My name is Kitana Bautista and I was diagnosed with childhood epilepsy in 2007 although my first seizure occurred a year earlier. I was 10 when I was diagnosed after having a grand mal seizure after sleeping over my cousin’s house. After being diagnosed I had many appointments for MRIs, CTs, ECGs, and to talk about medicine changes to try and find the right medication, or increase/decrease my dose. It took awhile to get the right medication and throughout that time, I was still adjusting to moving cities and I definitely didn’t want to be labeled or known as the girl who had seizures. So I tried my hardest not to talk about it in front of people. had seizures throughout elementary to middle school, but during my sophomore year of high school after being seizure free, my neurologist decided it was time to see if they could wean me off medication. During the process of weaning off, the doctor would wean me off and then I would have a seizure and we would have to start the process all over again. At the time, I was so frustrated and often I just would feel so mentally and physically drained because in the midst of weaning off, I was trying to keep a high GPA, and trying to impress college coaches playing soccer. After about one year, I was able to stop taking medication and was not experiencing episodes. I went to see my neurologist for a follow up appointment 6 months after and then 1 year after seizure free. That last appointment she congratulated me and said she hoped to never see me again and I have not seen her again. So today I sit here blessed and fortunate enough to say I no longer have epilepsy, I no longer have seizures, and I no longer take medicine.
Having childhood epilepsy had a huge impact on my life and who I am today. It was definitely hard for me as a kid to take medicine all the time and a lot of times the medications had side effects that often left me feeling groggy or cloudy. I was a kid that loved school and learning, I loved playing soccer, & I just wanted to be a kid and have fun. Having childhood epilepsy sometimes got in the way of school because of the side effects of medications or missing school for appointments. It often worried my parents if I had to go to tournaments with other parents. I was never able to sleep over people’s houses because my parents were worried the parents wouldn’t know what to do if I had an episode and even when I did sleep over my cousin’s houses I know they worried. While all these seem like negatives, I choose to view it as a positive impact on my life. Because of epilepsy I learned to have an amazing work ethic because I had to try extra hard in school to pay attention and focus. I am extremely disciplined, since I constantly had to make sure I remembered to take my medicine and slept early. I am resilient and when I hit a setback in life I acknowledge my feelings and frustrations, but I also keep on pushing through. I look at childhood epilepsy as a part of me that shaped me to who I am today.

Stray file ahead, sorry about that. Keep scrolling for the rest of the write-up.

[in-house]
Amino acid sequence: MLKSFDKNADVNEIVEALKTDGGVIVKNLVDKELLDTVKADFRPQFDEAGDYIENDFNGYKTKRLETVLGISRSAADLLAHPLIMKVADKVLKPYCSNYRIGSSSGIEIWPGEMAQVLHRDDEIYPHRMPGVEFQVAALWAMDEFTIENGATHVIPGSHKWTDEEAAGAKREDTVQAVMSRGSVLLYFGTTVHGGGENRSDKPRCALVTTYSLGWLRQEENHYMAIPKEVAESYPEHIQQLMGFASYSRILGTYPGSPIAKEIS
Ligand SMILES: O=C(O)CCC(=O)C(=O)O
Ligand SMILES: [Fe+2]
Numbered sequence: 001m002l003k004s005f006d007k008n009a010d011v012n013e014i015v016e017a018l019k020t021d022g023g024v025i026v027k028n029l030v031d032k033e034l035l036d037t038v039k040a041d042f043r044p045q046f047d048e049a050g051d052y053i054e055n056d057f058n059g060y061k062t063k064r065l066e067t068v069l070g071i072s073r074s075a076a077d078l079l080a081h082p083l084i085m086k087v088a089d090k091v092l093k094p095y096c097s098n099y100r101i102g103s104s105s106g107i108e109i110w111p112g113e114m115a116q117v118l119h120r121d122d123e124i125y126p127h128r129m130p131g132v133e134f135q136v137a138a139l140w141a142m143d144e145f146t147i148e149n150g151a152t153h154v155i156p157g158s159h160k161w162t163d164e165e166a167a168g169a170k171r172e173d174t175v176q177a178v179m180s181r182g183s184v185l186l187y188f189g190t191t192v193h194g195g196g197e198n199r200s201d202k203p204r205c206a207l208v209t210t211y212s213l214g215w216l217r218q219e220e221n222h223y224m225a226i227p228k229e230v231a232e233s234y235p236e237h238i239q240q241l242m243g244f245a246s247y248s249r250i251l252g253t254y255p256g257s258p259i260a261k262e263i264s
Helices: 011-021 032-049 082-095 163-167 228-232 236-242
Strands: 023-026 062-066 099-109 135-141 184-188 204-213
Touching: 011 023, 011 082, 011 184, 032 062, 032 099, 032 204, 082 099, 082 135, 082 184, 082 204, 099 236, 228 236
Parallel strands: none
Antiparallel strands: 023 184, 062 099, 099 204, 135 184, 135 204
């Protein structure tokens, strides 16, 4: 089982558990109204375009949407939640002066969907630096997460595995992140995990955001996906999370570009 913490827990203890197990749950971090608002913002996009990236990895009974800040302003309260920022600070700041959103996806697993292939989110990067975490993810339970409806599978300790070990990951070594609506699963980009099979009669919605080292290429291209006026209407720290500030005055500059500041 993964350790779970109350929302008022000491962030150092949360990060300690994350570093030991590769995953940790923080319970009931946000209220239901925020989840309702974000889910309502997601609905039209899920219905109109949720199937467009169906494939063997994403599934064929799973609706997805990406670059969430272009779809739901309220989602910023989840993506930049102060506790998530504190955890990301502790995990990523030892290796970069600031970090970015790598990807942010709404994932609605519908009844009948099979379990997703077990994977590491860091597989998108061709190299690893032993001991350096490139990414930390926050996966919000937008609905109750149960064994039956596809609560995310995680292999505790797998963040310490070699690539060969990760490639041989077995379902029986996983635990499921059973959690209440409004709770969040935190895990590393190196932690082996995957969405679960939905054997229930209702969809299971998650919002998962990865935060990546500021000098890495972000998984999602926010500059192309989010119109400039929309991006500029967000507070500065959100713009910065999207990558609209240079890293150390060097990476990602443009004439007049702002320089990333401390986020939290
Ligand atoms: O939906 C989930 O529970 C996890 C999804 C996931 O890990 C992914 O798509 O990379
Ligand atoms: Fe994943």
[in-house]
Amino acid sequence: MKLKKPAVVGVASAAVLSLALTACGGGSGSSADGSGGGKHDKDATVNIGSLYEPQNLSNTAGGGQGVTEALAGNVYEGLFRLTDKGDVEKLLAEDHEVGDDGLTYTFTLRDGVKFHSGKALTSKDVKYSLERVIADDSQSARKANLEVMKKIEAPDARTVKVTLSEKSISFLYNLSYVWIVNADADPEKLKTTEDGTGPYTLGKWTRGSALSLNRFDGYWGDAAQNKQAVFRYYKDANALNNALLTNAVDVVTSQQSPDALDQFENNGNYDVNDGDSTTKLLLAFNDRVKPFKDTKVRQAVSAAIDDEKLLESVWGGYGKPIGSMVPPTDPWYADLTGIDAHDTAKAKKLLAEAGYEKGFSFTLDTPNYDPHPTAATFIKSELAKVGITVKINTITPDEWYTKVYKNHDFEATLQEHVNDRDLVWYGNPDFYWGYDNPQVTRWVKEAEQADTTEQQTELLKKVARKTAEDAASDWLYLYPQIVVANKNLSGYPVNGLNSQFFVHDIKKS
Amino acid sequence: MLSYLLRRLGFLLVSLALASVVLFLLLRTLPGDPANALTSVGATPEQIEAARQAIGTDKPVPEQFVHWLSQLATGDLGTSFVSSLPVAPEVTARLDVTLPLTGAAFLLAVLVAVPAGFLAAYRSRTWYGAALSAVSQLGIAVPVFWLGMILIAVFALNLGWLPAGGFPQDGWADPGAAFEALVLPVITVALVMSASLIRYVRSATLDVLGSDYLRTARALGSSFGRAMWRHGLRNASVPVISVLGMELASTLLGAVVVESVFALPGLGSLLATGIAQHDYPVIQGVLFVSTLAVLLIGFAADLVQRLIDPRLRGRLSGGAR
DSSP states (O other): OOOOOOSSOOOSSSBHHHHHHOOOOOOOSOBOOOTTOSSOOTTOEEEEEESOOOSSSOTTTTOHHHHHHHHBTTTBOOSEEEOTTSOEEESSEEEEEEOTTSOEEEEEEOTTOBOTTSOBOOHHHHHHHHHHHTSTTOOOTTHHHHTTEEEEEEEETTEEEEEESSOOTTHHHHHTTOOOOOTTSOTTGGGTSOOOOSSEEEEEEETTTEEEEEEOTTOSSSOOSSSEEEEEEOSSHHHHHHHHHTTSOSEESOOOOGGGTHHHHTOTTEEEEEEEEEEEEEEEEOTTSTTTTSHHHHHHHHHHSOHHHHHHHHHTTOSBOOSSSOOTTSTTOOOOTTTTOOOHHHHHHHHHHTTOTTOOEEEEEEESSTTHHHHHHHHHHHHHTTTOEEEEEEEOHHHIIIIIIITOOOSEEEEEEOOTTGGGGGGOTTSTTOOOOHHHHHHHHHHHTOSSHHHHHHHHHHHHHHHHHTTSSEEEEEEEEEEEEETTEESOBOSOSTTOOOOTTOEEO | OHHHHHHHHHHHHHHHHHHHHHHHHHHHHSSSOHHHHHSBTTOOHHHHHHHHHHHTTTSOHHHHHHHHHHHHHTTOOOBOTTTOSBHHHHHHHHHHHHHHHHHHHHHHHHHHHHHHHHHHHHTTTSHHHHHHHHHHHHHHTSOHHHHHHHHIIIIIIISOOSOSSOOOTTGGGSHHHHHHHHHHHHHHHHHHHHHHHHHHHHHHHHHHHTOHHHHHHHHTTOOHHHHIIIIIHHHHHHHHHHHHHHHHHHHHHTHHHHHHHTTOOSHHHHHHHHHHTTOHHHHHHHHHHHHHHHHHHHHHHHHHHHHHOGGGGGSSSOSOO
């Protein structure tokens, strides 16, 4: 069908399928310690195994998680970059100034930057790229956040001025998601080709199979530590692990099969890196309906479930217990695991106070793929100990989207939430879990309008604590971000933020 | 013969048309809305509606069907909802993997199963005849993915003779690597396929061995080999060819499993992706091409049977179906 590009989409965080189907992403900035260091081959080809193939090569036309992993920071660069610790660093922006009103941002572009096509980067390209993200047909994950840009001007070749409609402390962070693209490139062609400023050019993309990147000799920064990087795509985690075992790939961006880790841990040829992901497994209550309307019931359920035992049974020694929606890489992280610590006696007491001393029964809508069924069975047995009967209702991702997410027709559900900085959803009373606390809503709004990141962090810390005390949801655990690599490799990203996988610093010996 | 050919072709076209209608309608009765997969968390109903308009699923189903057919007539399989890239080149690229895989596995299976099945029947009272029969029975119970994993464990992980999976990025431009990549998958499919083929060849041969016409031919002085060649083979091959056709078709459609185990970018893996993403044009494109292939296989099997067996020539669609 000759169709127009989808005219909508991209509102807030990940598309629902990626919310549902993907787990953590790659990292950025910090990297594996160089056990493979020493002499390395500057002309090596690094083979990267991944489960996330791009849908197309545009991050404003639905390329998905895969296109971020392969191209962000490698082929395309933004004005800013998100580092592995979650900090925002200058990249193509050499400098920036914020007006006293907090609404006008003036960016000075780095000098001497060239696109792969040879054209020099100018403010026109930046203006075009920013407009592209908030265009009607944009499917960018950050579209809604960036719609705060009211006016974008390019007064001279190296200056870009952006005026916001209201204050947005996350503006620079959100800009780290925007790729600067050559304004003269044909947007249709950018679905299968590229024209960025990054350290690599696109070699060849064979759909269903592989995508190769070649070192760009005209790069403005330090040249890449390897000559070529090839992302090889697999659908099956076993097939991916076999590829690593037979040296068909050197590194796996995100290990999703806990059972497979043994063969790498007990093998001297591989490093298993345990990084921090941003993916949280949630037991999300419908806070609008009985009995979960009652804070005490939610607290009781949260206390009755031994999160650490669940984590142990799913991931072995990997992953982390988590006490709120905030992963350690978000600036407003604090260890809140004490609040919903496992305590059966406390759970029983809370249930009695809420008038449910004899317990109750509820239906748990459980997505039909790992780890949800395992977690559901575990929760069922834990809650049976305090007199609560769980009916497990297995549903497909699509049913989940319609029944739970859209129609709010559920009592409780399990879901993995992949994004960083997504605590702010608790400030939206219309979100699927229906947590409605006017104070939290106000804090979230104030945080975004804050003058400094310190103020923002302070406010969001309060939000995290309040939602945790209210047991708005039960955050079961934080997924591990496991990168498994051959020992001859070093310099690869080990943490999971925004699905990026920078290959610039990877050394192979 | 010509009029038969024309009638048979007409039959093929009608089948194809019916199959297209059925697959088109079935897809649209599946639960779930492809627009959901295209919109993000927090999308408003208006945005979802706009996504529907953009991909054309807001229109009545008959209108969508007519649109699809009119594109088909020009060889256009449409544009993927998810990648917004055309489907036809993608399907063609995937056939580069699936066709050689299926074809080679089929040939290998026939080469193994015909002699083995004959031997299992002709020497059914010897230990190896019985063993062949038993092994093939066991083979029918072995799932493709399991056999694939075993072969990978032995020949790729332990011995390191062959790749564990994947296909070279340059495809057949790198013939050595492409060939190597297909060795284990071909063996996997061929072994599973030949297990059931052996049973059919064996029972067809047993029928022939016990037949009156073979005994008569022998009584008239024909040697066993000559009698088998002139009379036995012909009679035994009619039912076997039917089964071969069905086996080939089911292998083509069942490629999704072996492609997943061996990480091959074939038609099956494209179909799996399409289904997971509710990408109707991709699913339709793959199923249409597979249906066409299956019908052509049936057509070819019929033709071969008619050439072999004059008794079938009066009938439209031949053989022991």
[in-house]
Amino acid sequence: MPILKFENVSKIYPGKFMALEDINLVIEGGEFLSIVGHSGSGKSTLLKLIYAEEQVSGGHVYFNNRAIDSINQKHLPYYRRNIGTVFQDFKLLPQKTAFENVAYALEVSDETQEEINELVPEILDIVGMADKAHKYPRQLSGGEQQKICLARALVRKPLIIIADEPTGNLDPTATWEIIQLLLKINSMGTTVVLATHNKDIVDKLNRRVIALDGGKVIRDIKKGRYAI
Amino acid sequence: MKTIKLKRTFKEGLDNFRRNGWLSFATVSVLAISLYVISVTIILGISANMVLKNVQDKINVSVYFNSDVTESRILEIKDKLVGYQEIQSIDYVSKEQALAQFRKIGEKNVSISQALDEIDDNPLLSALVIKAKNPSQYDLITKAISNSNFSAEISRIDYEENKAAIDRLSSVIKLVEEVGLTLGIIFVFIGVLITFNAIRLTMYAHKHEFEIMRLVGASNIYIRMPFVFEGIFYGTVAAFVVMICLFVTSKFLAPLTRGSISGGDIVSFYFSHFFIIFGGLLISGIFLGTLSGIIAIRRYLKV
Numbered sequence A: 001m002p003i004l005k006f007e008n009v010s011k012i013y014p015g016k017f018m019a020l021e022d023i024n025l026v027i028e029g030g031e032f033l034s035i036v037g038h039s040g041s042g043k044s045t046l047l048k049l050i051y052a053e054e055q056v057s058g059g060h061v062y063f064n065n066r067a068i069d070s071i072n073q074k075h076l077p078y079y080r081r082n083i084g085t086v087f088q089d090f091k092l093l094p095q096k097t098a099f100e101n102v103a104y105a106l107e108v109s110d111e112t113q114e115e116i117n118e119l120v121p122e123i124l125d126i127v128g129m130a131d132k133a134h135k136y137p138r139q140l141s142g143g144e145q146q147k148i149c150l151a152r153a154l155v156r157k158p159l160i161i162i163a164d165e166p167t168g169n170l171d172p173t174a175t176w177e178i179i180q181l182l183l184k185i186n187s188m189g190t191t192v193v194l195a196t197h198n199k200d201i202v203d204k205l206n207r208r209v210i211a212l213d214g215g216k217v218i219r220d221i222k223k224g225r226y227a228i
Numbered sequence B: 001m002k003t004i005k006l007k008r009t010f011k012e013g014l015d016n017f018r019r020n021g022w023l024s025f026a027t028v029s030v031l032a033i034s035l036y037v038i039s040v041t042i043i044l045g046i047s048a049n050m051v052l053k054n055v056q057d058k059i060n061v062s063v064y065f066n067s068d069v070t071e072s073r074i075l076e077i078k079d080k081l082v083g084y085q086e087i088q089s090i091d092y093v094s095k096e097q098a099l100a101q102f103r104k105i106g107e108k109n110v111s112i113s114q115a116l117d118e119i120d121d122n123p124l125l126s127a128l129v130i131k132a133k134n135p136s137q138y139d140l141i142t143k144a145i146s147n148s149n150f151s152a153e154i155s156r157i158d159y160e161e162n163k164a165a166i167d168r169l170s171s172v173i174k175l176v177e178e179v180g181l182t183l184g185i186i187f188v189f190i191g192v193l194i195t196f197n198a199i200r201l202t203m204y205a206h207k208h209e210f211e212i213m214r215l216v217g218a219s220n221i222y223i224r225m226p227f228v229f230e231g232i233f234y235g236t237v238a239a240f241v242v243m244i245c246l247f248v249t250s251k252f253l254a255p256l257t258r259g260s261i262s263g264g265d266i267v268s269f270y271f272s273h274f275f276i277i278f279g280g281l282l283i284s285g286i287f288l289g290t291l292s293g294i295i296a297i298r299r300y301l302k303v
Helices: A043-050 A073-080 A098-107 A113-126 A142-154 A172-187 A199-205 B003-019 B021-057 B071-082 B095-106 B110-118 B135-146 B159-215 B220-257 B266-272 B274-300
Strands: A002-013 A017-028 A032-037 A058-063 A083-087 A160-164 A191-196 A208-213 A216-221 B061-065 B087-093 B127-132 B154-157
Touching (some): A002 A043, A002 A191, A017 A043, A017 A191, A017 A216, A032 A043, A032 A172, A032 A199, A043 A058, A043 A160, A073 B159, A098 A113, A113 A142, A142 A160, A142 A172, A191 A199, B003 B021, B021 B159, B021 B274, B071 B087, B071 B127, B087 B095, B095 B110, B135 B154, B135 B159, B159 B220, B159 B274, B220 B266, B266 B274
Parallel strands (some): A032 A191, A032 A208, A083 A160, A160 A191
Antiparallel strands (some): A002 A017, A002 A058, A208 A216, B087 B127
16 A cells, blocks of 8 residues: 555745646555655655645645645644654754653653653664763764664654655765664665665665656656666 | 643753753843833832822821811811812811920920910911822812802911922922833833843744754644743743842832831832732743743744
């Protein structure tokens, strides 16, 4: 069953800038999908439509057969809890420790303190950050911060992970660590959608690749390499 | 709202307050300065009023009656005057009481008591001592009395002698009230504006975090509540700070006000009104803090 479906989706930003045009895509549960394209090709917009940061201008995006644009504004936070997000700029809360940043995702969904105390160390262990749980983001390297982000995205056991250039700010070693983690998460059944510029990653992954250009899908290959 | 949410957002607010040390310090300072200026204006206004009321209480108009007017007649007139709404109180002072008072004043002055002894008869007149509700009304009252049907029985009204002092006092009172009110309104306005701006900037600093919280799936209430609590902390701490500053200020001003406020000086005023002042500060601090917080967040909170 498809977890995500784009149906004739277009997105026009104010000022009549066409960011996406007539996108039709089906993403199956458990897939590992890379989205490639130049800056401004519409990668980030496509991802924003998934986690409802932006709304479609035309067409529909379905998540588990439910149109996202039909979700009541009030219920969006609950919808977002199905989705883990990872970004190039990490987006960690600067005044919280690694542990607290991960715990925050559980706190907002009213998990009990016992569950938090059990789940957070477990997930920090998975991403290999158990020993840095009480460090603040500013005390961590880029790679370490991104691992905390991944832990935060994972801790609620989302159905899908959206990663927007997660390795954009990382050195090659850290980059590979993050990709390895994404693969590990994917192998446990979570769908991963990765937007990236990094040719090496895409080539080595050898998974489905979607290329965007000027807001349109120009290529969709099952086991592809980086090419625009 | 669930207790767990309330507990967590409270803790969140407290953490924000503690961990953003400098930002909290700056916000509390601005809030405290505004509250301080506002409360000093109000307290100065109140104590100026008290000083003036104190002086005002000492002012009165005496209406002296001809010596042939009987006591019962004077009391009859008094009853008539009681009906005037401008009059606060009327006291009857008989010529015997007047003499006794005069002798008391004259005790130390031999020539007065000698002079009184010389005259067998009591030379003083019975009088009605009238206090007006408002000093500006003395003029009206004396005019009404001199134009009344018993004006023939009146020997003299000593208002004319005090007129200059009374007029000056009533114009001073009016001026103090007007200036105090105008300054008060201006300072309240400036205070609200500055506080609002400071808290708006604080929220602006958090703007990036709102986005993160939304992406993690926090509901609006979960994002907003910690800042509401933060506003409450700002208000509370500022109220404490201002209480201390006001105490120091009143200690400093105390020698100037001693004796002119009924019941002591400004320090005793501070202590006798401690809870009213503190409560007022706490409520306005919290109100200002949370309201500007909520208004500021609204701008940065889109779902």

It has taken me a long time to actually feel comfortable and proud to talk about childhood epilepsy let alone share it to be posted on a website, but there are several reasons I have decided to share my story. Over the years I’ve learned not to be embarrassed because childhood epilepsy has shaped me to be the person I am and the attributes I have attained from it are my strengths. Like so many others, I felt like the only one and have not known anyone else that had epilepsy, so my goal of sharing is to relate/connect with others and make them feel less alone! My hope is that one day kid’s or anyone with epilepsy will not feel embarrassed to share their story because epilepsy may make us different, but we can take our experiences and turn them into our strengths. My hope is that one day the stigma is broken and that we can all come together to support each other and bond through each of our experiences.